Interpol came on all dressed in black and wearing ties, as is their wont, and launched straight into “Next Exit”, the first track from their current album “Antics”. They were fantastic. What can I say? It’s true that they wear their influences on their sleeve (mainly English indie from the 80s - Joy Division, the Cure, Echo & the Bunnymen, the Psychedelic Furs). However, Paul Banks, the singer, has a splendid monotone that makes him sound like a cross between an undertaker, a lawyer and a dalek, but is an absolutely crucial component in their sound and one that makes them sound pretty unique. Speaking of 80s bands, Carlos D the bassist, looks like he should be in Sparks (basically he’s only missing the little moustache). They rock though.
This was the last date of a pretty long tour, and it shows in the way that the band is so tight. They played most of “Antics” and a pretty good selection from “Turn on the Bright Lights” (although not my 2 favourites – Obstacle 2 and Stella was a Diver, but you can’t have everything, right?). “Evil” the new single, and “Slow Hands” the last single were both particularly good. Banter was limited, although Paul did look up at one point when he caught something that someone in the crowd had shouted “What was that? God Bless John Peel? Hear hear. God bless John Peel”. There was a BBC outside broadcast truck outside, actually, so I hope they were there to record the gig. They finished with an absolutely barnstorming version of “Roland”
“My best friend's a butcher, he has sixteen knives
he carries them all over the town
at least he tries
oh look it stopped snowing
my best friend's from Poland and oh he has a beard
but they caught him with his case in a public place
that is what we had feared”
Absolutely brilliant band and a brilliant show. Catch them if you can.
Special shout out here to Gaye B and to her family. Gaye emailed me a little while ago having found a link to this blog via google when looking for someone who had videoed Interpol on Jools Holland. She asked me very nicely if I would send her the video so that she could use it to create a DVD to send to the States for her daughter’s Christmas present (she’s a huge fan, apparently, but had missed them when they were playing in New York). I was happy to oblige, and bless her if she hasn’t made me a copy of the DVD, and as well as the Jools Holland performances, has added on a whole pile of other live performances. The internet is a strange and wonderful place, but you do run into some lovely people. I hope your daughter enjoys the DVD Gaye and Happy Christmas!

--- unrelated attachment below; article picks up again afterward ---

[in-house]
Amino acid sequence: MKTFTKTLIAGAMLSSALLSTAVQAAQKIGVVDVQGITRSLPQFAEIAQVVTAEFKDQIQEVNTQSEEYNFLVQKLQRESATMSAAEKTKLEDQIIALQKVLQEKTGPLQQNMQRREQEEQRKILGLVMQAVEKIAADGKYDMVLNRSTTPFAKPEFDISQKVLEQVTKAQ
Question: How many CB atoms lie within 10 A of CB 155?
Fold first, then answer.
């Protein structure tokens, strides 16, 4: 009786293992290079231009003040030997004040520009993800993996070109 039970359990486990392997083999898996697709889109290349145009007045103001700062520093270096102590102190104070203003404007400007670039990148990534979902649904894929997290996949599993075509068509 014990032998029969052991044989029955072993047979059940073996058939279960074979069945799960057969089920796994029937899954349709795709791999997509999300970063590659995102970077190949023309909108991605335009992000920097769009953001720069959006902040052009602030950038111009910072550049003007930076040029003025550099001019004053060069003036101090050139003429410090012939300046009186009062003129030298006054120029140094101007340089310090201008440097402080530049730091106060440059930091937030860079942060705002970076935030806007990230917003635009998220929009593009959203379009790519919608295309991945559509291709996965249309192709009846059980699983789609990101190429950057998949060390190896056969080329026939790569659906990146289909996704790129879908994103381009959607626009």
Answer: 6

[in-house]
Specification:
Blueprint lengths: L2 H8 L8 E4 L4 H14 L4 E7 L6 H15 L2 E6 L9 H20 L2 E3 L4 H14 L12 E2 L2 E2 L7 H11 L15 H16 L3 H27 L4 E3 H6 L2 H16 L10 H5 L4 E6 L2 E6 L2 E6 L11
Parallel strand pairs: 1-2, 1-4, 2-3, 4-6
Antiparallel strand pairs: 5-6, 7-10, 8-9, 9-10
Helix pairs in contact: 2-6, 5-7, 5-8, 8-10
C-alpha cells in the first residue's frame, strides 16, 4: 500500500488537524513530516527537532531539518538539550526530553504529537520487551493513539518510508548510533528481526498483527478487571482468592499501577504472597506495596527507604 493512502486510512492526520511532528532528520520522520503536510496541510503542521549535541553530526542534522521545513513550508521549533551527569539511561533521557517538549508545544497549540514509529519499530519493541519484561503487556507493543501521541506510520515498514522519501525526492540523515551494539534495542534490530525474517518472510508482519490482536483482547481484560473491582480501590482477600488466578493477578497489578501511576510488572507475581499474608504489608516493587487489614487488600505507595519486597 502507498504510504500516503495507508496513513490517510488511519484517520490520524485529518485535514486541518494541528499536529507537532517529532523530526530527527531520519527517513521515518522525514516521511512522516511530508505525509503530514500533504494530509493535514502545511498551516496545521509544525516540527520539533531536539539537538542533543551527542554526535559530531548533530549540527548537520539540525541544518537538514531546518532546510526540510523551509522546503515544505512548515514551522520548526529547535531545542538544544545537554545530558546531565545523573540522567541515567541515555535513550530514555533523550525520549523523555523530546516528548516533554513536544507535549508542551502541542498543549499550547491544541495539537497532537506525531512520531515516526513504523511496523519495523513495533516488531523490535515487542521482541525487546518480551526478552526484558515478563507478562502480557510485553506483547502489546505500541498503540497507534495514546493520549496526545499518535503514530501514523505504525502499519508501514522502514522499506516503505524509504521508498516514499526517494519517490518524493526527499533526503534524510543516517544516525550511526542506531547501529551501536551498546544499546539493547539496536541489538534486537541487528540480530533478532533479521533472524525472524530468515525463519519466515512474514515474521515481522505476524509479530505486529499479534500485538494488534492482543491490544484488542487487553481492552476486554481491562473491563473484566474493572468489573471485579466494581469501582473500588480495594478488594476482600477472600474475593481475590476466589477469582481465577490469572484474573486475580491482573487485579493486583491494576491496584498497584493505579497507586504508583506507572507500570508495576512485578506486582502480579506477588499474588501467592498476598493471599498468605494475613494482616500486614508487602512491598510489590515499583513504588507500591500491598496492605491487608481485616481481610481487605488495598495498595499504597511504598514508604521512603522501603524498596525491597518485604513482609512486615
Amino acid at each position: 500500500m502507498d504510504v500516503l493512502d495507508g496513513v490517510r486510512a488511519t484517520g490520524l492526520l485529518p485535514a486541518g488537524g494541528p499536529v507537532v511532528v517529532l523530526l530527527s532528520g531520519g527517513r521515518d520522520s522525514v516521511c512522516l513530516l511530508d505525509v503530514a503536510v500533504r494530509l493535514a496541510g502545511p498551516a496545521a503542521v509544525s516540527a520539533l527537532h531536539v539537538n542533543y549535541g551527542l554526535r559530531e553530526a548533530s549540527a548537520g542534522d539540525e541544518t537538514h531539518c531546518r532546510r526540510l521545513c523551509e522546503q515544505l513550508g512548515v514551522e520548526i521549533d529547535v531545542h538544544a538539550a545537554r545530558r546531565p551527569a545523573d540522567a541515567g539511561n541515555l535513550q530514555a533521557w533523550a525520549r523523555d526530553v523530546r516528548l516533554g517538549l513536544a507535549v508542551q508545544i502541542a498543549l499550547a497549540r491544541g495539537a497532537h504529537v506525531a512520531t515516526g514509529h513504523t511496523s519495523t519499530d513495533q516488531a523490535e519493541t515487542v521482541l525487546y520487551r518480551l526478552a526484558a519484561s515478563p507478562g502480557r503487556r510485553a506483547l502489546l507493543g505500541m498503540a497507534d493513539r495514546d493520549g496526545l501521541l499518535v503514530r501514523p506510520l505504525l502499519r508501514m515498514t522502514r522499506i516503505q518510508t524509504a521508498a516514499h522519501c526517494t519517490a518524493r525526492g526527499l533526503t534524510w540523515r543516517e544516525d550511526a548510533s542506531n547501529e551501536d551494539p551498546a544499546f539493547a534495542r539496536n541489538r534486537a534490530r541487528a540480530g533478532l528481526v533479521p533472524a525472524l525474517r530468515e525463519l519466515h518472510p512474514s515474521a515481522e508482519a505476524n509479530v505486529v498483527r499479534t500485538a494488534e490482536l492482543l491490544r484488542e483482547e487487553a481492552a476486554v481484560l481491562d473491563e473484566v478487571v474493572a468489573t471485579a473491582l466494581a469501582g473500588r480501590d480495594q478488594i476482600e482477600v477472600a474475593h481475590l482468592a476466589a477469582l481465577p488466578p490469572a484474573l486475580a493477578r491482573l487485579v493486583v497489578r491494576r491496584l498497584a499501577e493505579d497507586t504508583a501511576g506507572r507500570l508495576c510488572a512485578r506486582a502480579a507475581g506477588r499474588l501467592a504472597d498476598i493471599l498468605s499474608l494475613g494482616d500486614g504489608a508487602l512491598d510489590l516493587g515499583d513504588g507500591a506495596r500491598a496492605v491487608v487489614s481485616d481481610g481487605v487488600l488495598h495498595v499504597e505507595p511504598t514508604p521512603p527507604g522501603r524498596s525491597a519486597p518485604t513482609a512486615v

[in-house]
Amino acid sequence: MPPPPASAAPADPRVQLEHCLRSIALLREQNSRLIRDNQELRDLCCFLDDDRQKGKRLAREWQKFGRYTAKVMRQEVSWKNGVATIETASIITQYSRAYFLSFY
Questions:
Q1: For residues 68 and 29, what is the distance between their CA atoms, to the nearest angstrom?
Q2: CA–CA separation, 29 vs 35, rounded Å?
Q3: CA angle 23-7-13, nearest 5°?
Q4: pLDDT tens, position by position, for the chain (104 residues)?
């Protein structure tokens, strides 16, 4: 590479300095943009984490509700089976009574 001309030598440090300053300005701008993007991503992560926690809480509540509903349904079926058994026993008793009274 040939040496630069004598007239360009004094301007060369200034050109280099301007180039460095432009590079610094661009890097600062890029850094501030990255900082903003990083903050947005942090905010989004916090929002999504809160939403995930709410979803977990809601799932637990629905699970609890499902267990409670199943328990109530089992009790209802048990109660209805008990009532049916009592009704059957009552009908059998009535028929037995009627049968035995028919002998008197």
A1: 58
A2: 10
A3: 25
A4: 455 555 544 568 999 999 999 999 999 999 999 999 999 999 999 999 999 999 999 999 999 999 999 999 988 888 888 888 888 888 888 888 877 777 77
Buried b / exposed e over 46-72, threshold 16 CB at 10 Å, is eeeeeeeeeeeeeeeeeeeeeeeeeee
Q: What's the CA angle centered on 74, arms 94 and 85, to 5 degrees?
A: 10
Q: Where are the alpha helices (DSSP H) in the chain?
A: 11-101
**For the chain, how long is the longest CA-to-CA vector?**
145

As I mentioned above, I went to the 7th annual Christmas Party hosted by my friends in Oxford on Saturday. It was fantastic as always but one moment in particular stands out for me…. We had just finished dinner (turkey with all the trimmings) and were sitting around the table chatting and listening to music… suddenly we all spontaneously burst into song. If you had walked past the window at that moment you would have been confronted with the slightly bizarre sight more than 20 thirty-somethings sitting around a table wearing party hats and singing along to “Dancing on the Ceiling” by Lionel Richie, which was then followed up with “500 Miles” by the Proclaimers and a cheeky burst of Ray Parker Jr.